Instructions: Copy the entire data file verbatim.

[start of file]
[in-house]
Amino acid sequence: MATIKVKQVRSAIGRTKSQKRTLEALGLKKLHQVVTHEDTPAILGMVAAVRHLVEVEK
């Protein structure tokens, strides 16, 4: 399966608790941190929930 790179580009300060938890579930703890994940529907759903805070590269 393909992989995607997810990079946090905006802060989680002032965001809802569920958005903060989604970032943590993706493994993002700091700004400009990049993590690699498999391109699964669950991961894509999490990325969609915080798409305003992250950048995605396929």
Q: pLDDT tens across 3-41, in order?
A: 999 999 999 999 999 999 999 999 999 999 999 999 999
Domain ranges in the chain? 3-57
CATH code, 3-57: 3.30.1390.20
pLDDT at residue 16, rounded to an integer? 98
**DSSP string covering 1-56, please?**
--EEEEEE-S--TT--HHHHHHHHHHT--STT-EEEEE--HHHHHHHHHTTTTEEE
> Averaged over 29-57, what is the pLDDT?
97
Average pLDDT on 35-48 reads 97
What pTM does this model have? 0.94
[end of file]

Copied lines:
[in-house]
Amino acid sequence: MATIKVKQVRSAIGRTKSQKRTLEALGLKKLHQVVTHEDTPAILGMVAAVRHLVEVEK
């Protein structure tokens, strides 16, 4: 399966608790941190929930 790179580009300060938890579930703890994940529907759903805070590269 393909992989995607997810990079946090905006802060989680002032965001809802569920958005903060989604970032943590993706493994993002700091700004400009990049993590690699498999391109699964669950991961894509999490990325969609915080798409305003992250950048995605396929």
Q: pLDDT tens across 3-41, in order?
A: 999 999 999 999 999 999 999 999 999 999 999 999 999
Domain ranges in the chain? 3-57
CATH code, 3-57: 3.30.1390.20
pLDDT at residue 16, rounded to an integer? 98
**DSSP string covering 1-56, please?**
--EEEEEE-S--TT--HHHHHHHHHHT--STT-EEEEE--HHHHHHHHHTTTTEEE
> Averaged over 29-57, what is the pLDDT?
97
Average pLDDT on 35-48 reads 97
What pTM does this model have? 0.94